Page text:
Bargaining with China Today to Save the World Tomorrow
As climate czar, John Kerry has been tasked with a moral balancing act that few leaders have ever faced.
As tough jobs go, few are tougher than John Kerry’s. He has to weigh future harm against current crime, a moral balancing act that few leaders have ever faced. The former Secretary of State, at the age of seventy-seven, signed on as President Joe Biden’s climate envoy, tasked with trying to get the rest of the world to step up its game on climate change. He was largely responsible for last week’s Earth Day virtual summit, and the first big test of his work will come in Glasgow, in November, when the world’s leaders gather for the most important climate talks since the Paris accords conference, in 2015.
It would be hard enough to get the world marching forward on climate if it were the only issue in play: some nations export oil and gas, and some import it; some are poor, and some are rich; some have built coal-fired empires, and others are still burning wood. A few things are breaking in Kerry’s favor: in most capitals around the world, the fossil-fuel industry still plays an outsized role, but now there are new counter-pressures from a burgeoning climate movement, which makes some leaders more pliable. And the rapid fall in the price of renewable energy opens the door to quicker action. So Kerry’s task, considered purely in isolation, is still incredibly difficult, but perhaps a little less so than it used to be.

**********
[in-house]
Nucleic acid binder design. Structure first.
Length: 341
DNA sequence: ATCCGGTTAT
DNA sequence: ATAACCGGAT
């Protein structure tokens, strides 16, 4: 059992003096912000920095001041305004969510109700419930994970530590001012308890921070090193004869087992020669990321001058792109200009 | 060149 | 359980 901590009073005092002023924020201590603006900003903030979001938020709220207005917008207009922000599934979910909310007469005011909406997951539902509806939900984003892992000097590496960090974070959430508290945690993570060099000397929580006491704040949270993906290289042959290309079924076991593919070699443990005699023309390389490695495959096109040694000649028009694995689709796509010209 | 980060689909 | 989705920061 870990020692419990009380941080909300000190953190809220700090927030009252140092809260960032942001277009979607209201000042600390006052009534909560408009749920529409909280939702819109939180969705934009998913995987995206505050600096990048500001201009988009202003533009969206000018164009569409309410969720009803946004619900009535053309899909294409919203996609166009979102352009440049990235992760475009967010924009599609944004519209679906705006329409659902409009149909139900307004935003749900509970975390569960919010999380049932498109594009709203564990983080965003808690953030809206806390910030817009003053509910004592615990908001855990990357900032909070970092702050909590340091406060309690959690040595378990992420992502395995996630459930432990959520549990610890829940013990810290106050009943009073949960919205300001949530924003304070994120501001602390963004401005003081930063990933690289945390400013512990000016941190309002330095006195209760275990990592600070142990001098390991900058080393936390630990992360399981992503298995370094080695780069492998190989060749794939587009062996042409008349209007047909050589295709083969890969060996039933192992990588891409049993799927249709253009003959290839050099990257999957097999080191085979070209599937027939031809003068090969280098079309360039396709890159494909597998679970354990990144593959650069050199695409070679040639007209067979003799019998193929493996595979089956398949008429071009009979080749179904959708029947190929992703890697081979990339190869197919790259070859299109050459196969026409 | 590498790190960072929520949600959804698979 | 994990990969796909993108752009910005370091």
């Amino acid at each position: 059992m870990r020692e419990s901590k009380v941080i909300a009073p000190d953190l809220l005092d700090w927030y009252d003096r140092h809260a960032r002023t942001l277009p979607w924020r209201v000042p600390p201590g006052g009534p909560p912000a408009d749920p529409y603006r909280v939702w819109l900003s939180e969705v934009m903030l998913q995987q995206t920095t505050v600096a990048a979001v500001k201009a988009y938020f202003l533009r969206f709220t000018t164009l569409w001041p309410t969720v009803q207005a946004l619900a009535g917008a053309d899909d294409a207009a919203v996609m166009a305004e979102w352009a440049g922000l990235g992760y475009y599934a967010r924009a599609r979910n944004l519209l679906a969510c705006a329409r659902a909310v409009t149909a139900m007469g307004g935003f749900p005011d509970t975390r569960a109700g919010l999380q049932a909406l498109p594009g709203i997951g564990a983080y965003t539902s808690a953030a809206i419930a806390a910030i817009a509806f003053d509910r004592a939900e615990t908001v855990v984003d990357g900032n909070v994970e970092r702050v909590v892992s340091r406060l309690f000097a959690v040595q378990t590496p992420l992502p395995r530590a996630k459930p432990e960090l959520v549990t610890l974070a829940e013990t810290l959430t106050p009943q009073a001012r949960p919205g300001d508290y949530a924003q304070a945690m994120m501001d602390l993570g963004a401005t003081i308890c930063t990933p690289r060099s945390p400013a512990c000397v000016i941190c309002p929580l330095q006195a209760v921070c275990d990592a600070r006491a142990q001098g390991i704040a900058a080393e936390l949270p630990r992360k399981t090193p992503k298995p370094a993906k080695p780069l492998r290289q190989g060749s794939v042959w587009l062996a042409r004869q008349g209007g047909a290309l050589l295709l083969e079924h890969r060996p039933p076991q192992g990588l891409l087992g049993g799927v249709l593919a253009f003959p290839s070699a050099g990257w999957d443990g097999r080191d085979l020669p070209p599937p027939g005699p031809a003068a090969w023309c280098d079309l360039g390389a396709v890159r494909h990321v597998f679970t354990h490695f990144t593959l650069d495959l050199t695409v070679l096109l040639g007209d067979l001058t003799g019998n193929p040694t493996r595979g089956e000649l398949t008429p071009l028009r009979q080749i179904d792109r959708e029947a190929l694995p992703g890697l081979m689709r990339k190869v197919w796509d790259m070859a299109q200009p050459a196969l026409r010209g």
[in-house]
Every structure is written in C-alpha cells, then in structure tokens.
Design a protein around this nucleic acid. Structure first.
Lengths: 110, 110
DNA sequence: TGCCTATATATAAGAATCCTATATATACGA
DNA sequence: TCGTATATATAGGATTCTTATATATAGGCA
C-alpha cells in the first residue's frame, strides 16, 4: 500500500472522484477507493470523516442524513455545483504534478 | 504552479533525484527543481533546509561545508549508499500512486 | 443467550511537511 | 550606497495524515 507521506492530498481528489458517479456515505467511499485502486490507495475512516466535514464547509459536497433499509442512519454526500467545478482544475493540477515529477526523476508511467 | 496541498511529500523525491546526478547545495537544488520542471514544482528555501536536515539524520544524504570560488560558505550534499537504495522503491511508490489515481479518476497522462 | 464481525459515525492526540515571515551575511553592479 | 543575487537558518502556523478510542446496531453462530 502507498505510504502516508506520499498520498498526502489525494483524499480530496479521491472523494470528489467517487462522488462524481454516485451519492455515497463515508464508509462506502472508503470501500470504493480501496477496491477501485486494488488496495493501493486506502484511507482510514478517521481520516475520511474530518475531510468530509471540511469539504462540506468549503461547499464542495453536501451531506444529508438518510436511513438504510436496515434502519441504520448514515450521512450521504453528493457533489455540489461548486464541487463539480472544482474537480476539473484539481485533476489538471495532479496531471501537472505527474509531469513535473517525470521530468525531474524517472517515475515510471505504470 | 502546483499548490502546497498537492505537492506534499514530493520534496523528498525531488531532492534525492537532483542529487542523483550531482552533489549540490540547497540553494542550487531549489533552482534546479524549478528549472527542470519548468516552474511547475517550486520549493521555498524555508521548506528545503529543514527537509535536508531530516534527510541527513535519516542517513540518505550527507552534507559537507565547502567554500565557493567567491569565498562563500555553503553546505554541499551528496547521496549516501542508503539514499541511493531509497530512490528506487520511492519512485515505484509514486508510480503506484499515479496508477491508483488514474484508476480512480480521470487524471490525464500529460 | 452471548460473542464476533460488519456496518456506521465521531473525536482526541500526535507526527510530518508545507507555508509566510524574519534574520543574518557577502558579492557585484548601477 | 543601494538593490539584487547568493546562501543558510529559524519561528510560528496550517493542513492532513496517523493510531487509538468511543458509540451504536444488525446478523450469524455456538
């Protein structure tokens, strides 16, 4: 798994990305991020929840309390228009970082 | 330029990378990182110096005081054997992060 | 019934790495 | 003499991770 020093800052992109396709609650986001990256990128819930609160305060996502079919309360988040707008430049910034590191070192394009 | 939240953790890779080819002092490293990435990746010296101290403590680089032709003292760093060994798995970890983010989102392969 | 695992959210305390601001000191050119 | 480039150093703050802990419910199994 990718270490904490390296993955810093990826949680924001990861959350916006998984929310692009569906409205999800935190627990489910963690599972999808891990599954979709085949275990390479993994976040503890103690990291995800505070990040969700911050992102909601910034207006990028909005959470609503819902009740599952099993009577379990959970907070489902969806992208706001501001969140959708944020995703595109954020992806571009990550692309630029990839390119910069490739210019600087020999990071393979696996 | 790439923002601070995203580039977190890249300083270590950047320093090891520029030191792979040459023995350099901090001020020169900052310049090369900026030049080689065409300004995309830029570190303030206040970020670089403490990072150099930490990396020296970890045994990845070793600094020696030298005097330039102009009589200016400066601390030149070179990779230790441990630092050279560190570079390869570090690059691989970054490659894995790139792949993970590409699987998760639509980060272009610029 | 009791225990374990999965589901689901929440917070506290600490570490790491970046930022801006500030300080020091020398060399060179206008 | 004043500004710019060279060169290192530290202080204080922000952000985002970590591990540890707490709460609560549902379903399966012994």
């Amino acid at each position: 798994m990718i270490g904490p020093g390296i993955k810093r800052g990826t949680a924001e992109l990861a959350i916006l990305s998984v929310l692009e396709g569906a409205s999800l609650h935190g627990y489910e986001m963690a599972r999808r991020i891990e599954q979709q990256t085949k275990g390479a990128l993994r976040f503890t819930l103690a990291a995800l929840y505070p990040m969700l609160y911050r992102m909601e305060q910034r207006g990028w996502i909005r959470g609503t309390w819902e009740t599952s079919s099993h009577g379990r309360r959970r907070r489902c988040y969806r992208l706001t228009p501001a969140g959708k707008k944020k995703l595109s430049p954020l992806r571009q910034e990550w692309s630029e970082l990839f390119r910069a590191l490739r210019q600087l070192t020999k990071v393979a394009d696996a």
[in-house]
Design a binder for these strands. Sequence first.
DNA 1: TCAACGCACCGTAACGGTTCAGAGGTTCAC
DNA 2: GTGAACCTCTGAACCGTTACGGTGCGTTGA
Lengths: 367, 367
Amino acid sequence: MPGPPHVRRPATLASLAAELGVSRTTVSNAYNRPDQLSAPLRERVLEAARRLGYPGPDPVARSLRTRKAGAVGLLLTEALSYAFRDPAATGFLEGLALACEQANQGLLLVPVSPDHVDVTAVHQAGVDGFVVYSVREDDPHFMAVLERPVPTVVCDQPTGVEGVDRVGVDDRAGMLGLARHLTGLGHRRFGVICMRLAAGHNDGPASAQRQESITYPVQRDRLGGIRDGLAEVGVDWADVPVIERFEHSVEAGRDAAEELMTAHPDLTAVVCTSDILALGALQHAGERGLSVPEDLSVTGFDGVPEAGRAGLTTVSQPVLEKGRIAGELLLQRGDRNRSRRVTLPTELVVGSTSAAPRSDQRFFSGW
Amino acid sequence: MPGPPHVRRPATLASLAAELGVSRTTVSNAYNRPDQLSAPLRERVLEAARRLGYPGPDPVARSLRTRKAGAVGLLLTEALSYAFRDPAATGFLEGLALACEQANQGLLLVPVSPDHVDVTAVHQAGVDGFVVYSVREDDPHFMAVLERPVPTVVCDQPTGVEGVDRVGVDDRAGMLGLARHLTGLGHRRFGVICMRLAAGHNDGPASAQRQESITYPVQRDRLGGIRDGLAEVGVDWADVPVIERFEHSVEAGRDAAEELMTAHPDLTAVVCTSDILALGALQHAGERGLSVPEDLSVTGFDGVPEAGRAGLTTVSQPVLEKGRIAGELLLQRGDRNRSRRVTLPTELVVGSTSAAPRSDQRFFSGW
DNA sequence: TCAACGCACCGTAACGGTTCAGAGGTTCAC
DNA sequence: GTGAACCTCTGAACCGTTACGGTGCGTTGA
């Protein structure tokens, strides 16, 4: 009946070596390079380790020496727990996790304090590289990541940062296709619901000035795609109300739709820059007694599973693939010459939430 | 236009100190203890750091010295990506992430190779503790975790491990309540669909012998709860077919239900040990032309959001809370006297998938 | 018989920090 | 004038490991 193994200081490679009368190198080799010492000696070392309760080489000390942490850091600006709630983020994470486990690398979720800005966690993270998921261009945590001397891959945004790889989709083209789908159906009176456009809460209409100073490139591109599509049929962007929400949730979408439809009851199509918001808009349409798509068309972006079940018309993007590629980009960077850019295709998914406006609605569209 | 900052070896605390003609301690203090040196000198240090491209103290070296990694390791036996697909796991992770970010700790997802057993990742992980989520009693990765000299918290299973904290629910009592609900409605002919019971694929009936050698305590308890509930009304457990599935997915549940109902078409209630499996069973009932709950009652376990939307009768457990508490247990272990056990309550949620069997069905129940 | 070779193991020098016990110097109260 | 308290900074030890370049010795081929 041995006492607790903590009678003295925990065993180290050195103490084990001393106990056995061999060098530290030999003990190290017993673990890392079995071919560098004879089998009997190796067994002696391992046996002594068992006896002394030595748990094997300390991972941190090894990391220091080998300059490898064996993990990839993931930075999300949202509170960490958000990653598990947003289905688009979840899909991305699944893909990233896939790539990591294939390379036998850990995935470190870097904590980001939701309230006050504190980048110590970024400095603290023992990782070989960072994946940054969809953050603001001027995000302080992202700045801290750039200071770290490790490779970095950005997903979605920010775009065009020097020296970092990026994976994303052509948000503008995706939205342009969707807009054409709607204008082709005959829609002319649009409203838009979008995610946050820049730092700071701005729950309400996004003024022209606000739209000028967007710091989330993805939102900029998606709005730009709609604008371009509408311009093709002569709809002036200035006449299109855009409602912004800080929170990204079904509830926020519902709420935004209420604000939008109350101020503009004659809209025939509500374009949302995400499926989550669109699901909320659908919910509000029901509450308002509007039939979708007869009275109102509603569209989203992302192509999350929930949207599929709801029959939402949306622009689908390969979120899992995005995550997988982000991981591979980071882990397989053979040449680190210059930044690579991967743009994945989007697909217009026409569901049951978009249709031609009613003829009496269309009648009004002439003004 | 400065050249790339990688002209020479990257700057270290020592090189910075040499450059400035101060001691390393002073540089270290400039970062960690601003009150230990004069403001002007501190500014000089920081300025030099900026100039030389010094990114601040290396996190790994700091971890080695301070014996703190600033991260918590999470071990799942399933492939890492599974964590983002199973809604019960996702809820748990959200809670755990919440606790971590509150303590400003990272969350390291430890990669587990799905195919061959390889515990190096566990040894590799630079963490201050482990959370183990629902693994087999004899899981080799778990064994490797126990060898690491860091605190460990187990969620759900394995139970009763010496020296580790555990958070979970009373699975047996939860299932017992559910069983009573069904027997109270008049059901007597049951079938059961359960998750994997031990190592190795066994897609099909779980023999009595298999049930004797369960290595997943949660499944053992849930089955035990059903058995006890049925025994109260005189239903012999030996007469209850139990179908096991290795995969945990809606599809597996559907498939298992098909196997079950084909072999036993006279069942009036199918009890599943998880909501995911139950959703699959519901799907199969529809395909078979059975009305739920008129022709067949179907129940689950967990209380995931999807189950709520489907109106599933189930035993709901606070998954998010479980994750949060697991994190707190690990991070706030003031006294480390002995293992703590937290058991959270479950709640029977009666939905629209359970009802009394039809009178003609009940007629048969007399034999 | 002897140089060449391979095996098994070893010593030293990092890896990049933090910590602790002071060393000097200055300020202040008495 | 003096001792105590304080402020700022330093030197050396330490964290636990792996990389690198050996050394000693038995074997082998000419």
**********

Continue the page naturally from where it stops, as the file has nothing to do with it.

But although climate change may be the most important event occurring right now—and, indeed, the most important in human history—it’s not the only thing. And that complicates matters considerably. Take the case of China, whose leader, Xi Jinping, joined the Earth Day summit after Kerry paid a visit to Shanghai, following weeks of careful negotiating. There is no way to solve the climate puzzle without lots of help from China—it is now the biggest carbon emitter on earth.
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